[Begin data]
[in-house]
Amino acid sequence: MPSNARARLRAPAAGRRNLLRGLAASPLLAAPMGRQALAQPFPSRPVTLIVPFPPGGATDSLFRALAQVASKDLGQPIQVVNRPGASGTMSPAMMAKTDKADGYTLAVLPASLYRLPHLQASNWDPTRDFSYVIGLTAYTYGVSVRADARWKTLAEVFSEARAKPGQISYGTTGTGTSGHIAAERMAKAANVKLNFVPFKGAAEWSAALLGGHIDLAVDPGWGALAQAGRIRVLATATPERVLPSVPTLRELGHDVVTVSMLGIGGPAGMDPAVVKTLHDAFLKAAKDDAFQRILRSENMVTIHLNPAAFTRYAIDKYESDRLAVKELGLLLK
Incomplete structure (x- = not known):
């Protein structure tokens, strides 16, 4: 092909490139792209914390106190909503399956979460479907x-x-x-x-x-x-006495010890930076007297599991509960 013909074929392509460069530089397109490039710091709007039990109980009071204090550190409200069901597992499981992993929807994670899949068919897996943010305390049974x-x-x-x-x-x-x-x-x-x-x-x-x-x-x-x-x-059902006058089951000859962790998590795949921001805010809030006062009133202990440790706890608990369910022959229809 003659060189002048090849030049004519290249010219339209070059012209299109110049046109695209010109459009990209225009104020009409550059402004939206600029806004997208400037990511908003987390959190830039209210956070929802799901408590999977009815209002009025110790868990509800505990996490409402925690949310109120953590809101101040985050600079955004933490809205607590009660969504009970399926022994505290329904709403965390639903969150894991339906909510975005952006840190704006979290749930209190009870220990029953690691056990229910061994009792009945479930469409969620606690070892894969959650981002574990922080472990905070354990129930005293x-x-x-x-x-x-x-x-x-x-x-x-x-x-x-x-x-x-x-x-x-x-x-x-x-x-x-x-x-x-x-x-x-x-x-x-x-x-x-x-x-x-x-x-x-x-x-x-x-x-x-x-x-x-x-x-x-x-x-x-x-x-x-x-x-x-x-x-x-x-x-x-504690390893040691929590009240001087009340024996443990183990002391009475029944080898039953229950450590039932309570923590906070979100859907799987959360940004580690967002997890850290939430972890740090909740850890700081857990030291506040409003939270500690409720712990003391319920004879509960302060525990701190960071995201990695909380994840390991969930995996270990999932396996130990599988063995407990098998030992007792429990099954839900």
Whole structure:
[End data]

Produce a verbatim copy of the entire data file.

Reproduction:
[in-house]
Amino acid sequence: MPSNARARLRAPAAGRRNLLRGLAASPLLAAPMGRQALAQPFPSRPVTLIVPFPPGGATDSLFRALAQVASKDLGQPIQVVNRPGASGTMSPAMMAKTDKADGYTLAVLPASLYRLPHLQASNWDPTRDFSYVIGLTAYTYGVSVRADARWKTLAEVFSEARAKPGQISYGTTGTGTSGHIAAERMAKAANVKLNFVPFKGAAEWSAALLGGHIDLAVDPGWGALAQAGRIRVLATATPERVLPSVPTLRELGHDVVTVSMLGIGGPAGMDPAVVKTLHDAFLKAAKDDAFQRILRSENMVTIHLNPAAFTRYAIDKYESDRLAVKELGLLLK
Incomplete structure (x- = not known):
């Protein structure tokens, strides 16, 4: 092909490139792209914390106190909503399956979460479907x-x-x-x-x-x-006495010890930076007297599991509960 013909074929392509460069530089397109490039710091709007039990109980009071204090550190409200069901597992499981992993929807994670899949068919897996943010305390049974x-x-x-x-x-x-x-x-x-x-x-x-x-x-x-x-x-059902006058089951000859962790998590795949921001805010809030006062009133202990440790706890608990369910022959229809 003659060189002048090849030049004519290249010219339209070059012209299109110049046109695209010109459009990209225009104020009409550059402004939206600029806004997208400037990511908003987390959190830039209210956070929802799901408590999977009815209002009025110790868990509800505990996490409402925690949310109120953590809101101040985050600079955004933490809205607590009660969504009970399926022994505290329904709403965390639903969150894991339906909510975005952006840190704006979290749930209190009870220990029953690691056990229910061994009792009945479930469409969620606690070892894969959650981002574990922080472990905070354990129930005293x-x-x-x-x-x-x-x-x-x-x-x-x-x-x-x-x-x-x-x-x-x-x-x-x-x-x-x-x-x-x-x-x-x-x-x-x-x-x-x-x-x-x-x-x-x-x-x-x-x-x-x-x-x-x-x-x-x-x-x-x-x-x-x-x-x-x-x-x-x-x-x-504690390893040691929590009240001087009340024996443990183990002391009475029944080898039953229950450590039932309570923590906070979100859907799987959360940004580690967002997890850290939430972890740090909740850890700081857990030291506040409003939270500690409720712990003391319920004879509960302060525990701190960071995201990695909380994840390991969930995996270990999932396996130990599988063995407990098998030992007792429990099954839900």
Whole structure: